I put together a short video of a Husqvarna Articulating Riding Mower and how maneuverable it is.
by: Paul Sikkema
You have heard all of the advertising hype this year about how zero-turn mowers can save you time. But you have also heard all the horror stories of how they are hard to use, don’t work well on hills, and will tear up your lawn.
Most of the horror stories are true. Residential zero-turn mowers will tear up your lawn if you don’t have lots of practice, they can be unsafe to mow on slopes and are expensive compared to a lawn tractor with the same mowing deck.
This video shows a different type of zero-turn. An alternative that is easy to use, drives just like your lawn tractor, works well on hills and has a better deck than most of the residential zero-turn mowers currently on the market.
For most homeowners who want a zero-turn but don’t want the headaches that go with them this is a great alternative.
The Husqvarna Riders Offer Unique Advantages
With the front-mounted cutting deck, you have complete control over your mowing area. You can easily see were you are mowing and the deck allows you to reach under bushes and get closer to fences and walls. The unparalleled maneuverability of the articulated steering lets you mow inside corners and inside curves without backing up. The steering makes the riders extremely easy to handle. You can drive one the first time and not worry about wrecking your lawn, landscaping or the side of the garage. The deck is a “ground hugging” deck. It follows the ground contours exactly to give you a perfect cut everytime.
My front lawn is very uneven. I intentionally designed in dips, mounds and slopes to give it character. But after I built it I realized a 42 inch or larger lawn tractor can’t mow it without gouging and scalping the lawns in a dozen places. I used the Husqvarna in the video to mow it and there is not one gouge or scalp in the entire lawn. If you want the perfect lawn, ground hugging decks like these are the way to go.
My 1999 Huqvarna 970 Rider
The optional BioClip Combi Deck is one of the best mulching decks available. You can use rear discharge for longer grass. The BioClip is especially suitable for well-maintained lawns that are mowed often. The finely cut clippings return to the lawn as fertilizer.
If your lawn gets slippery or is too steep for a lawn tractor in places the AWD (All-Wheel Drive) model is a great investment.
The Articulated Rider will handle most of the attachments you are used to. A sweeper, dethatcher, scarifier, spreader and trailer for lawn work. The R 220T and R 322T will handle a snow blade, a snow blower or a front-mounted brush to clear entrances and paths year around. You can easily switch the front mounted attachments.
The Articulated Rider is a zero-turn mower that will handle all you lawn tasks. You work more efficiently, and get perfect results faster, with less effort. In addition, a wide range of accessories helps you complete other garden tasks all year round. With or without All-Wheel Drive – the decision is yours.
You can buy the R 120S here with free shipping: Husqvarna 967181801 R120S Articulating Riding Mower, 42-Inch
Husqvarna also offers 2 other models with your choice of decks. These are dealer only models.
Read about the R 220T and R 322T here: Husqvarna Articulating Riders Discover the full potential of a Husqvarna Rider here: Husqvarna Articulating Riders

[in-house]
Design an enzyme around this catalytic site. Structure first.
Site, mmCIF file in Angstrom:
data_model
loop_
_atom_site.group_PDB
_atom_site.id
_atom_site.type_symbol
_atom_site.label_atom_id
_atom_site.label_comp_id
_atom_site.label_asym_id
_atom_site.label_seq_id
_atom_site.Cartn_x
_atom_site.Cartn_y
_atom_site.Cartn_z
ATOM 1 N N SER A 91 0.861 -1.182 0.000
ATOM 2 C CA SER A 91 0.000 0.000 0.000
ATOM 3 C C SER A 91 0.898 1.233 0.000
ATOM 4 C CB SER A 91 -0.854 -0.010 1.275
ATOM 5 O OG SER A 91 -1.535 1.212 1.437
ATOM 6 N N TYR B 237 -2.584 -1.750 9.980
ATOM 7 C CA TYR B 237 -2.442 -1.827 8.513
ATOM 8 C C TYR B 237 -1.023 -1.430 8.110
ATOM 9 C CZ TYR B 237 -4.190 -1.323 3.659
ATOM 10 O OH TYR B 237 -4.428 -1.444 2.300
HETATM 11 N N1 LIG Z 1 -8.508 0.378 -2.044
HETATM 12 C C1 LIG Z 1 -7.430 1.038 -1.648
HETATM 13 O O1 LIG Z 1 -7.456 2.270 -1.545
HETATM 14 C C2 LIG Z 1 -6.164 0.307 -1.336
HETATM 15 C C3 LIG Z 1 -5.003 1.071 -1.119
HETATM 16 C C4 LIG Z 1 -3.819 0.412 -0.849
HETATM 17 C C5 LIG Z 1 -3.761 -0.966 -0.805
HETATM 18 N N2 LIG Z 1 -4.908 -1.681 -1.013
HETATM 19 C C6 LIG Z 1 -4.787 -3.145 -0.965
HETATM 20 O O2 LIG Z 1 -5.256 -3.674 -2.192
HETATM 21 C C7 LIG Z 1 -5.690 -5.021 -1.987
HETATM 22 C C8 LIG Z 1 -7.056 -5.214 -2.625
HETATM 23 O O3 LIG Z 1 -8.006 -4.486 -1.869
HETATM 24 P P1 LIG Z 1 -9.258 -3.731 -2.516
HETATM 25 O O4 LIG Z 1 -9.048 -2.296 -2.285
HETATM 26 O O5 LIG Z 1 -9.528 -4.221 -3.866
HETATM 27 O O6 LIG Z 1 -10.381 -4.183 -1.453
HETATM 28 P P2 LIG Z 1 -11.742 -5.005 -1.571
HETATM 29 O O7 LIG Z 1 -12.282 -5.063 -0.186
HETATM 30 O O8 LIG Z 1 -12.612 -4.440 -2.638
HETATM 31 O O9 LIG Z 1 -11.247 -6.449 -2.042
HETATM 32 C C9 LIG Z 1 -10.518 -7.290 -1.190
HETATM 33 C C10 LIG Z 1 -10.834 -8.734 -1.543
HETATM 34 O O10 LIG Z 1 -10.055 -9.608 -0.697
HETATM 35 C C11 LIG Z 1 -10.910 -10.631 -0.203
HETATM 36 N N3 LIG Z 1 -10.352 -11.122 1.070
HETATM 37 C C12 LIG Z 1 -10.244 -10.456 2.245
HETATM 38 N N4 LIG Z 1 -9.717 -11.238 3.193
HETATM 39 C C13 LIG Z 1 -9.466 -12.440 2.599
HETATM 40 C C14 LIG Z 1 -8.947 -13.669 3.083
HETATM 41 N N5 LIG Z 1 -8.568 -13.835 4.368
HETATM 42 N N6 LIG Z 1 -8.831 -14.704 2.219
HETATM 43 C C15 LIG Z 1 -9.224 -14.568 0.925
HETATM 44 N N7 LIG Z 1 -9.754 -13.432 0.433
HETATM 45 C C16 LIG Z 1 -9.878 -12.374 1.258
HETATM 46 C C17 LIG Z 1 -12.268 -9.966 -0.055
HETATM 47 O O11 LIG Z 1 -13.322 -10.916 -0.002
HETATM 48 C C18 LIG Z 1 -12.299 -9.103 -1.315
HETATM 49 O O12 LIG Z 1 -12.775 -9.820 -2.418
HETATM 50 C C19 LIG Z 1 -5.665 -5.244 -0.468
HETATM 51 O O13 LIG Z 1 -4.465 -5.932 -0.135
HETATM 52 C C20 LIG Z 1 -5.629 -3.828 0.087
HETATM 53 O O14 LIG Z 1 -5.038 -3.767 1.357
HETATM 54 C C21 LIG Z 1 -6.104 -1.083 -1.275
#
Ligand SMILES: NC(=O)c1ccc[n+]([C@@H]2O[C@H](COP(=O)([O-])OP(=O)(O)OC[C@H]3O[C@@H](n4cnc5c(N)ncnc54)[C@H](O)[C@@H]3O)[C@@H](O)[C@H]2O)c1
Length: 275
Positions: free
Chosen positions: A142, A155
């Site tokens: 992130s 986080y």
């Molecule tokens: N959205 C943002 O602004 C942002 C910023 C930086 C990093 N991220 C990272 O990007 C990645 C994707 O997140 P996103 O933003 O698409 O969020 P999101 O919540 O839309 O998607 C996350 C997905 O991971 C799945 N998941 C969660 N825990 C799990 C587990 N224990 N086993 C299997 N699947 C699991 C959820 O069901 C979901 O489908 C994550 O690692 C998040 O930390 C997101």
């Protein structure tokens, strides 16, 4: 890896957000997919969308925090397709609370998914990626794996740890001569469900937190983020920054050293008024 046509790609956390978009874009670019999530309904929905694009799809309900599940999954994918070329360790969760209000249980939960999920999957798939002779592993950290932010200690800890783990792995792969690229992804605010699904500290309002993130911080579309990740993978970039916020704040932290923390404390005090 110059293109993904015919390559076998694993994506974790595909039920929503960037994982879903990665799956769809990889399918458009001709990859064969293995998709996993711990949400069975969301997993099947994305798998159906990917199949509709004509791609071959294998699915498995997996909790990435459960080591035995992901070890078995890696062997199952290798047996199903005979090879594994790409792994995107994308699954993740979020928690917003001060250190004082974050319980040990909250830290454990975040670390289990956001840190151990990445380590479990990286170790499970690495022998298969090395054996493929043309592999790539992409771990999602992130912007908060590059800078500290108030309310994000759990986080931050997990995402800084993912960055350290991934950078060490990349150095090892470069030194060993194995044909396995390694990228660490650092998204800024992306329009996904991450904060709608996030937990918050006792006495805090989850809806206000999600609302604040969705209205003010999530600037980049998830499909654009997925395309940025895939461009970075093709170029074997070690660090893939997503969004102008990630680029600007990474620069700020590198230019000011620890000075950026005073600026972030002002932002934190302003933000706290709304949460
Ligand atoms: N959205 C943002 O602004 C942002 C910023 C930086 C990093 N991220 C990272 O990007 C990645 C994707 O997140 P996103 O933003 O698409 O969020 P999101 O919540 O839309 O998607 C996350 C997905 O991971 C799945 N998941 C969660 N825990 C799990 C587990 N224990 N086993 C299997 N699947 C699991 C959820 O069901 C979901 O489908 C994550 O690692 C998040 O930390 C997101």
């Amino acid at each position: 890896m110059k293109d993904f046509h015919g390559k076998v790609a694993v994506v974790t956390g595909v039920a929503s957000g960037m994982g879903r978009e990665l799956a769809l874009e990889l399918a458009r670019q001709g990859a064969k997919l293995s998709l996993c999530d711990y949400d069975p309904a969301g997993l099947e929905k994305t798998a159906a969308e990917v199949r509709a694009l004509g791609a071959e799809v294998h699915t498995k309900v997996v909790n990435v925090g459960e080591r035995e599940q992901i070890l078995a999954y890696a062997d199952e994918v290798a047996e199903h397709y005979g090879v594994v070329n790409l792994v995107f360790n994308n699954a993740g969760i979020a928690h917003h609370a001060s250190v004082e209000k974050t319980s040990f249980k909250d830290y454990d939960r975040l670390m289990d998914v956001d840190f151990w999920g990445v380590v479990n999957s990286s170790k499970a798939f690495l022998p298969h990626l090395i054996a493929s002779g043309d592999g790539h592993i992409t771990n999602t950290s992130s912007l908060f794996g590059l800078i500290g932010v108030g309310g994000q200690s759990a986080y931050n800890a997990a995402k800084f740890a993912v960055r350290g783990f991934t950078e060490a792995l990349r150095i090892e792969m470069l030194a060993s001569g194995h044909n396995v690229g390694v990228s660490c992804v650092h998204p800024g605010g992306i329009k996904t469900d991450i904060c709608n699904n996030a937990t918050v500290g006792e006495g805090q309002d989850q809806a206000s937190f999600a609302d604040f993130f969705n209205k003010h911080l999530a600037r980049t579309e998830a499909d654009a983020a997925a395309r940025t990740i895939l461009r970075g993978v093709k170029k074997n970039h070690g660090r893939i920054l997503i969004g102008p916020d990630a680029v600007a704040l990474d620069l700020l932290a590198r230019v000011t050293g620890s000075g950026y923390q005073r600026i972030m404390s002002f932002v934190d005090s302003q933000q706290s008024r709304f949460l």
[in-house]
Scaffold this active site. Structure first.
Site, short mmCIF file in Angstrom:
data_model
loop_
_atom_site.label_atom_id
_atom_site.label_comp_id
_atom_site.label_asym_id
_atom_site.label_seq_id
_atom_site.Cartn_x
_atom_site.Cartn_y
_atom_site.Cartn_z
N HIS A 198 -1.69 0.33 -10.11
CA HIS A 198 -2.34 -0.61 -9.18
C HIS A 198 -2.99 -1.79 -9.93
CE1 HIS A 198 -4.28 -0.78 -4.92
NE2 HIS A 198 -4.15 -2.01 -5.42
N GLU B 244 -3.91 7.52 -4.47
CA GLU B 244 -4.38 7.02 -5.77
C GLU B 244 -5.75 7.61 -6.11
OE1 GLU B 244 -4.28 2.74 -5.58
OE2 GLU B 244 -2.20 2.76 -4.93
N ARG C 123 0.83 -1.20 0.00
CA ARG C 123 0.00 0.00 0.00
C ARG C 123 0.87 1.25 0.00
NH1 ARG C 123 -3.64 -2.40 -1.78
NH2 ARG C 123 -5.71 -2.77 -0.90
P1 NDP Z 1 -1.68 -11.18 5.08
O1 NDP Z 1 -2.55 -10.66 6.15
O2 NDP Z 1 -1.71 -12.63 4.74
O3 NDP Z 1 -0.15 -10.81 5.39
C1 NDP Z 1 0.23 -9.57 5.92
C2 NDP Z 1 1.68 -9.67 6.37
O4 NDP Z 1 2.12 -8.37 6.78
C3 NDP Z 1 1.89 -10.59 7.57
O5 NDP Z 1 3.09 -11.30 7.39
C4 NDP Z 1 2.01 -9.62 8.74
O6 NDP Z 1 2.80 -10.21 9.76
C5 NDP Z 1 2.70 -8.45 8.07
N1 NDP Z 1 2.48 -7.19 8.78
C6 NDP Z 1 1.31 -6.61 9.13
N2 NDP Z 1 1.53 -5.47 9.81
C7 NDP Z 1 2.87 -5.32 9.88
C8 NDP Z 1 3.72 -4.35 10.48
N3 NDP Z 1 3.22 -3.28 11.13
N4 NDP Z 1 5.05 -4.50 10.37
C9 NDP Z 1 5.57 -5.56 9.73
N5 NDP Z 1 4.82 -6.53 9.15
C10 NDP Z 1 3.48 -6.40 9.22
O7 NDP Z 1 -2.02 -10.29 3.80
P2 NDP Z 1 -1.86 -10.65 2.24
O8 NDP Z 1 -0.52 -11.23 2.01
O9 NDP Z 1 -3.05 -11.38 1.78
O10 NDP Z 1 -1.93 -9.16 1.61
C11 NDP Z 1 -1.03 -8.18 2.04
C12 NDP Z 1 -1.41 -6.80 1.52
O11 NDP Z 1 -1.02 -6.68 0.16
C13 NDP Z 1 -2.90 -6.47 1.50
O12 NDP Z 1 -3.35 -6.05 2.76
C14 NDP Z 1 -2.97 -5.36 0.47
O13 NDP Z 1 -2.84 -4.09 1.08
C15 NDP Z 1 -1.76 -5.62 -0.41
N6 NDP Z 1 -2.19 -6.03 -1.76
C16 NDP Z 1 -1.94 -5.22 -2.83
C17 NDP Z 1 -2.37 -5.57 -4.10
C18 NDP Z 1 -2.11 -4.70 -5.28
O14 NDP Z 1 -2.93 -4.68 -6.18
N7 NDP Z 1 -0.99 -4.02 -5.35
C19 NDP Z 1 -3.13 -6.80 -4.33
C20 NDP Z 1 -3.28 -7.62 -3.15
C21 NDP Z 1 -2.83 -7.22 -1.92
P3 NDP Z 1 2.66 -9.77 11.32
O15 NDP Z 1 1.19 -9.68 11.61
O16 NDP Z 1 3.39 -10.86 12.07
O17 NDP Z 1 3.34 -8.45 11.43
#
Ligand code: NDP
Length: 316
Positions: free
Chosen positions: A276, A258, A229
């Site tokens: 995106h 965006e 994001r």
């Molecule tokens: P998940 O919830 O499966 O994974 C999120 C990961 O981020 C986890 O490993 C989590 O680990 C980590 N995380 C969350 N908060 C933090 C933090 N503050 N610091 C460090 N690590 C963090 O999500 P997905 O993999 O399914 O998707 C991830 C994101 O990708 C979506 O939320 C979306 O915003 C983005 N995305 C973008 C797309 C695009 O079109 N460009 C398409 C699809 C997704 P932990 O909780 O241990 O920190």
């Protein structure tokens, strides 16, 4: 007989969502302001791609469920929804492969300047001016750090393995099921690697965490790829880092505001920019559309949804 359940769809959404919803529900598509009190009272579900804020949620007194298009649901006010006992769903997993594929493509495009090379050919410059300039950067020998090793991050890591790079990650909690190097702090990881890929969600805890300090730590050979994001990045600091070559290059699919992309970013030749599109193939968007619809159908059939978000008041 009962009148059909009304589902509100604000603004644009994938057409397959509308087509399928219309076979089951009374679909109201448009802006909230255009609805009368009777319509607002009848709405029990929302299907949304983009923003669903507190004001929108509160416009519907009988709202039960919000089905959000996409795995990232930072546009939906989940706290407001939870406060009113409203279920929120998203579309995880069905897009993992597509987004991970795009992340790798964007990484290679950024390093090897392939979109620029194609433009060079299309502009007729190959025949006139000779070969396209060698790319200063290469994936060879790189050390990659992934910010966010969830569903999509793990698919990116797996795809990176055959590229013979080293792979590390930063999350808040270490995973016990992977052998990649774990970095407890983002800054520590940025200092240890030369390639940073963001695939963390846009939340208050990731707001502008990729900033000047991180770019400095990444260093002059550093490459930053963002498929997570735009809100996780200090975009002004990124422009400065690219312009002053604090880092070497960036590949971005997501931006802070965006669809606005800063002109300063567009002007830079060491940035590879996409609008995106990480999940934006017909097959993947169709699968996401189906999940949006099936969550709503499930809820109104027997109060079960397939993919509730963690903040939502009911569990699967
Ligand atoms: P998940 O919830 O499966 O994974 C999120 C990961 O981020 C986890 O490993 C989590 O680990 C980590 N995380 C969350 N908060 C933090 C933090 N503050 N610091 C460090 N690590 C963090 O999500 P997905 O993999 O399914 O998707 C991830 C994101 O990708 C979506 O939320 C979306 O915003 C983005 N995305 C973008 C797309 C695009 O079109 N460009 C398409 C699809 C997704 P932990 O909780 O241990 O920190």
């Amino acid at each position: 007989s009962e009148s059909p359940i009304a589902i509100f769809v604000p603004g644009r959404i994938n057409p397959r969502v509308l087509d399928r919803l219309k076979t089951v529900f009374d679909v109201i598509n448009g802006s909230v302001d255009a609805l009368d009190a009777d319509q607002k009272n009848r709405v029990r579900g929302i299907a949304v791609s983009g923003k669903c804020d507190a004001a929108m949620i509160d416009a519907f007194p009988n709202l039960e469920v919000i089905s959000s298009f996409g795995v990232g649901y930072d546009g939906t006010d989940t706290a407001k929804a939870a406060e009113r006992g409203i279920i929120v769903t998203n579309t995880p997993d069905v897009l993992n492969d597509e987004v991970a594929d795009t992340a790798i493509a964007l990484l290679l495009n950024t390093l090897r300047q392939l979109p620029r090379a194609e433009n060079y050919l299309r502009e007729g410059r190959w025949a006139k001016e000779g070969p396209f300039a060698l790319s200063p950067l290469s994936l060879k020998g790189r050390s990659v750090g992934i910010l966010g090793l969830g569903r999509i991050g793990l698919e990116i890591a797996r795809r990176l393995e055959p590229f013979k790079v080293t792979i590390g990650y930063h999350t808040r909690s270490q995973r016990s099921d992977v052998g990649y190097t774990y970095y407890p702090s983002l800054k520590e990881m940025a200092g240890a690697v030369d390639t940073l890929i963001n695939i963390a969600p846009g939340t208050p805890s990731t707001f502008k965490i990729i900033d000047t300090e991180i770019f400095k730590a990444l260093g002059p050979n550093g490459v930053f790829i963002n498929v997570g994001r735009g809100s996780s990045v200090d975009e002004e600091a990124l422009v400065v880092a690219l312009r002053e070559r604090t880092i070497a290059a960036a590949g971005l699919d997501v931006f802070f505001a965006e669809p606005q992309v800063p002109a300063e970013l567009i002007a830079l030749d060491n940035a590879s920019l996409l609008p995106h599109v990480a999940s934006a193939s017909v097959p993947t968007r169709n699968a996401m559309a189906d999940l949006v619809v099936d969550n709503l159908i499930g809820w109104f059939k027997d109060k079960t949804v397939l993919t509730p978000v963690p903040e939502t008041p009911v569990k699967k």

cave in IllinoisMark
I did look at the rocker adjustments on my rider and one exhaust valve was at .014!! I checked them all on both sides and brought them back to within .040 – .060, mfg spec. My main problem ended up being a dirty carb. I also swapped out the plastic manifold for the metal one, think it’s aluminum.
Question’s: Does this Husquvarna 20 Hp endurance engine have actual bearings inside, or is it all bushings?
Is it normal to hear a little “knock” or “slap” sound from what would be the “bottom” if it were a horizontal shaft engine? I.e. The side nearest the seat on the rider. You can hear it mostly during idle.
Hi Mark, I’m going to guess it has bushings. It’s basically a B&S Intek engine.
It is normal for these vertical shaft engines to have a little knock – especially at idle. Even the Kohler and Kawasaki engines will have it.
I seemed to remember I’d did that before all this recent trouble. It mows very strong now and actually seems a little quicker than it was. I was shocked, when adjusting the rockers, there was one locking nut that was so loose I could move it with my fingers.
Did you ever determine if Husqvarna has stopped shipping the R322T to the US?
Hi Mark, Yes, the R322T is no longer available in the U.S.
Paul, thanks for confirming. I guess I better get a stash of spare parts going! Do you have any thoughts on which ones would be best to have on hand. I was thinking about the steering cables, and the mid-frame idler pulleys as the most unique parts that could fail first.
Hi Mark, The idler pulleys, yes. I’ve never seen one with broken steering cables though. I had one that was 20 years old that I have to tighten once – but never a broken one.
I’ve just started having an issue with the B&S 20HP V-twin (40S877-0010-G1) on my rider and wondered if you had suggestions. It has, just last night, started backfiring a lot. Last year (season) I put new spark plugs in it, it ran ok after that, last year. Once it started this backfiring I changed the fuel filter and also the air cleaner, for good measure. I also added the appropriate amount of Sea Foam to the fuel, 3.5 oz. At one point it was backfiring so much that the muffler got hot enough to make the paint on the muffler shroud smoke. I noticed that choking it back to about 3/4 choked seemed to cure the issue. It ran ok and cooled down.
I’m wondering, do I have a bad spark Plug? I cant imagine that the flywheel key is partially sheared or it wouldn’t start, right? It does start normally and runs ok until it gets hot.